The First Indochina War was in many ways a continuation of the US–China confrontation in Korea, carried out on new terrain, with the US supplying the French. The 1950s were a decade when nuclear weapons still figured as a godsend in the Western military mind, and their use was not at all off limits. MacArthur had mused about their deployment in Korea; Eisenhower would threaten China with them in the Taiwan Straits Crisis. Whether or not Secretary of State John Dulles offered to supply the French forces with atomic weapons – as Georges Bidault said he had – the idea of nuking a coalescing communist state was far from fantastical for Washington or Langley.

‘What must we do to realize a Điện Biên Phủ? How do we go about doing it?’, Fanon asked in The Wretched of the Earth. It’s a question the historian Christopher Goscha answers with aplomb in his recent history of the battle. His response is that the Vietnamese revolution in the postwar decades went beyond that of almost any other decolonizing state. Ho may have spoken in parables about Vietnam being the guerilla tiger capable of taking on the imperial elephant. But by 1954, as Goscha shows, Ho had an elephant of his own. As well as introducing obligatory military service, the communist Vietnamese state daringly – and brilliantly – implemented land reform at the height of its conflict with the French, in order to build the type of war communism that could fully mobilize a peasant class and turn minorities into Vietnamese. For Ho the war had two fronts: against the French, and against even the most ‘patriotic’ Vietnamese landowners. The peasants proved to be the decisive factor in Giáp’s victory. This was in stark contrast to the more guerilla-style forces of Indonesia and Algeria, which had no communist states to guide them.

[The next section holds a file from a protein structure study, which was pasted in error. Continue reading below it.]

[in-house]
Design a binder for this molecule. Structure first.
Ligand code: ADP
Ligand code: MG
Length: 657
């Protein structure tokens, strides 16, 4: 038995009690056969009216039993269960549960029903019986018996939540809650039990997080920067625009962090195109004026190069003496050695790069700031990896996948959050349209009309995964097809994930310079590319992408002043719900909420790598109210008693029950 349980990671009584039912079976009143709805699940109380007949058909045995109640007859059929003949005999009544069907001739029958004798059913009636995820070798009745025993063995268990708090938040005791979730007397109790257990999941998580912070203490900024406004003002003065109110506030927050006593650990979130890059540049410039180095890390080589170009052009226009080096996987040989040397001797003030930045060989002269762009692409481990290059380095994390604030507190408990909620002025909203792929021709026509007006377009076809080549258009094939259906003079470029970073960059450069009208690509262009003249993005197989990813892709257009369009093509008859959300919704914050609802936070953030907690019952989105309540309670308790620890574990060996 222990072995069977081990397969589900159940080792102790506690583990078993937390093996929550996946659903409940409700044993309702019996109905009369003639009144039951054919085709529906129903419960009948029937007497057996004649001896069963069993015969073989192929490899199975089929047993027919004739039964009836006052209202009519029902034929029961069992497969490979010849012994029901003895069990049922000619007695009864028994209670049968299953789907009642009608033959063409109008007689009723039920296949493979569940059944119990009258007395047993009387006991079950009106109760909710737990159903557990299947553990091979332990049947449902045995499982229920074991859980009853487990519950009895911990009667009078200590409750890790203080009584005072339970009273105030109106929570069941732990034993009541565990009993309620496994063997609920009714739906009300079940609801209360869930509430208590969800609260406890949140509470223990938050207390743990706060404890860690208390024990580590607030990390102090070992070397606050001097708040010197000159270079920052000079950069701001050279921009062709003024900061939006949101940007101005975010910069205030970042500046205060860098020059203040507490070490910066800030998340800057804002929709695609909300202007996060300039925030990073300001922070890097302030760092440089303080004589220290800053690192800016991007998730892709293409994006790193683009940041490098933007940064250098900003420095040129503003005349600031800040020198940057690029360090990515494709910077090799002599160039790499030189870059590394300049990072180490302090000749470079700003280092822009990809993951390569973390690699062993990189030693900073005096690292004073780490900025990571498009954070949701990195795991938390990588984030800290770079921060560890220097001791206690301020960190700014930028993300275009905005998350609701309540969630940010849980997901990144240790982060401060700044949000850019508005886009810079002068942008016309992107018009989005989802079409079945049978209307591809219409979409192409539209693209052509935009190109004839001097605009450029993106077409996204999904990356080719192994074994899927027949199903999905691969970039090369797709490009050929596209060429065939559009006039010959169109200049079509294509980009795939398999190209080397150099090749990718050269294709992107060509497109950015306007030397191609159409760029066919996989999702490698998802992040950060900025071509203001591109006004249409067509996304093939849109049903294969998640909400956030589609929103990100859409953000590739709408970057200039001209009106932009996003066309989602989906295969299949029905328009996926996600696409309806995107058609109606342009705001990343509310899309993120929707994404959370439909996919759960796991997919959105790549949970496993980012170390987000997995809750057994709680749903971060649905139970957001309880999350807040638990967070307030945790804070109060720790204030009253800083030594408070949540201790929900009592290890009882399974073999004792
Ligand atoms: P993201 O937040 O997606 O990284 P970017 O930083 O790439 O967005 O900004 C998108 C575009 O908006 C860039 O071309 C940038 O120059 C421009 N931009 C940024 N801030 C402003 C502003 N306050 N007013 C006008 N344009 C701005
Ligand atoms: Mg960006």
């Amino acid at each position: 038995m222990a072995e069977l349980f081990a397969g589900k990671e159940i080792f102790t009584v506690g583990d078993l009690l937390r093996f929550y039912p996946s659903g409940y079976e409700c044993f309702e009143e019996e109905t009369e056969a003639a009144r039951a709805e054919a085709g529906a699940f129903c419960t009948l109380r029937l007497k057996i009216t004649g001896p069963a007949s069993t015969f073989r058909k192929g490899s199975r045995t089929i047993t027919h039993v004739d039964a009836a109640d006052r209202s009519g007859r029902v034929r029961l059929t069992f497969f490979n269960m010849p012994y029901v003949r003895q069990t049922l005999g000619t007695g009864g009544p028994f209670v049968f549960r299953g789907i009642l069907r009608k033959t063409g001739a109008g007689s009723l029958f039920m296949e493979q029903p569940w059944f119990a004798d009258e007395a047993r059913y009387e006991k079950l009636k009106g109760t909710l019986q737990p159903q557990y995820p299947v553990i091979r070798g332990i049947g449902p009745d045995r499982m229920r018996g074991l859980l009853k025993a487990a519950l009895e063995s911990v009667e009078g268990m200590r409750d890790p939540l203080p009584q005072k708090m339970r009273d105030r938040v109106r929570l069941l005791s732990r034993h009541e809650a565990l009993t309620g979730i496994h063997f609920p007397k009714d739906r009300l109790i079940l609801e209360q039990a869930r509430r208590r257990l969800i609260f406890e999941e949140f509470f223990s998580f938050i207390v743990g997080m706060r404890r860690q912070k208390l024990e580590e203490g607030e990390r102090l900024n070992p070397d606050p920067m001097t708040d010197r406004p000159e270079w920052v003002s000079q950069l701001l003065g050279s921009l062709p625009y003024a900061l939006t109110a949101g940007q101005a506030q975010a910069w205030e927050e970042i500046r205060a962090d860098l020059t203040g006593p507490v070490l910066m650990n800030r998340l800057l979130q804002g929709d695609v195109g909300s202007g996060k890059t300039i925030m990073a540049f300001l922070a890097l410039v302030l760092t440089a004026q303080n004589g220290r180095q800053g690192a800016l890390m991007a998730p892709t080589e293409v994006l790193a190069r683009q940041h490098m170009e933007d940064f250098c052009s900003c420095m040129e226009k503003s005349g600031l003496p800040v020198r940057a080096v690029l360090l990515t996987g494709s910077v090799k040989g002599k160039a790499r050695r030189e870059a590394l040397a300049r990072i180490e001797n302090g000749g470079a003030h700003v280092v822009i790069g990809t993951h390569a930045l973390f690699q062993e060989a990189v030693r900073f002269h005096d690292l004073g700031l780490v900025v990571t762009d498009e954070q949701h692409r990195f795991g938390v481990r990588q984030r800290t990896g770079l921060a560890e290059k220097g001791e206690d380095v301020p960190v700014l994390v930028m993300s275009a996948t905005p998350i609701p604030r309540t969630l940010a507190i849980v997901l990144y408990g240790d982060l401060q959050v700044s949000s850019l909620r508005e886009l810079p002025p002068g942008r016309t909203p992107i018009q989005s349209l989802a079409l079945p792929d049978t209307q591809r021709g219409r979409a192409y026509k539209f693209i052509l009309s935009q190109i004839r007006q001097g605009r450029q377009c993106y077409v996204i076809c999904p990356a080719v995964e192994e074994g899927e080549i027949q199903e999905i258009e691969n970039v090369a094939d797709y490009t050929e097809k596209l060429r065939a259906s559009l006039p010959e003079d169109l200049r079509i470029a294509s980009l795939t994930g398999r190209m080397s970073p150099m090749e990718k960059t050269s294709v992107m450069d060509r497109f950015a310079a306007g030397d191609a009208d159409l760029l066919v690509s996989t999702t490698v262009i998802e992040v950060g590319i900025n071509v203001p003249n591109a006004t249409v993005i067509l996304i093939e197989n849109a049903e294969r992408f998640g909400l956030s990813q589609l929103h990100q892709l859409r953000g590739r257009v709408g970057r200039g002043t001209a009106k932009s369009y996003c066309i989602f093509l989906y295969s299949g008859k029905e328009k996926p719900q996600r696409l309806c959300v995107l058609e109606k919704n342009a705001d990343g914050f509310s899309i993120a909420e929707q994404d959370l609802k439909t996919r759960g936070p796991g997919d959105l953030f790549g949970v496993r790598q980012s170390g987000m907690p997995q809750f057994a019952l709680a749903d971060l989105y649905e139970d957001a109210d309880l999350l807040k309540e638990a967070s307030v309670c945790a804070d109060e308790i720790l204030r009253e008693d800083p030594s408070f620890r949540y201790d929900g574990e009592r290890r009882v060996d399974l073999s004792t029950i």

The legacy of Điện Biên Phủ was already of limited use by Fanon’s time. There was no conventional force in the Middle East, nor Africa, nor the rest of Southeast Asia capable of meeting the Western powers on open terrain. The acquisition of nuclear weapons by some Southern states, if anything, obviated the need for conventional forces that aspired to that level of strength. The Algerians, meanwhile, showed that political victories could be as effective as battlefield ones. But the capacity of Asian states to fight maximal wars with vast tolerance for casualties and shift to a war economy on a dime never became entirely idle. Though the battle was merely a prologue to the decade of aerial bombardment and chemical warfare that the US was about to unleash, no Western power ever won another major land war in Asia. Western leaders were haunted by the memory of 1954. As Lyndon Johnson put it: ‘I don’t want any damn Điện Biên Phủ.’

Read on: Che Guevara, ‘Vietnam Must Not Stand Alone’, NLR I/43.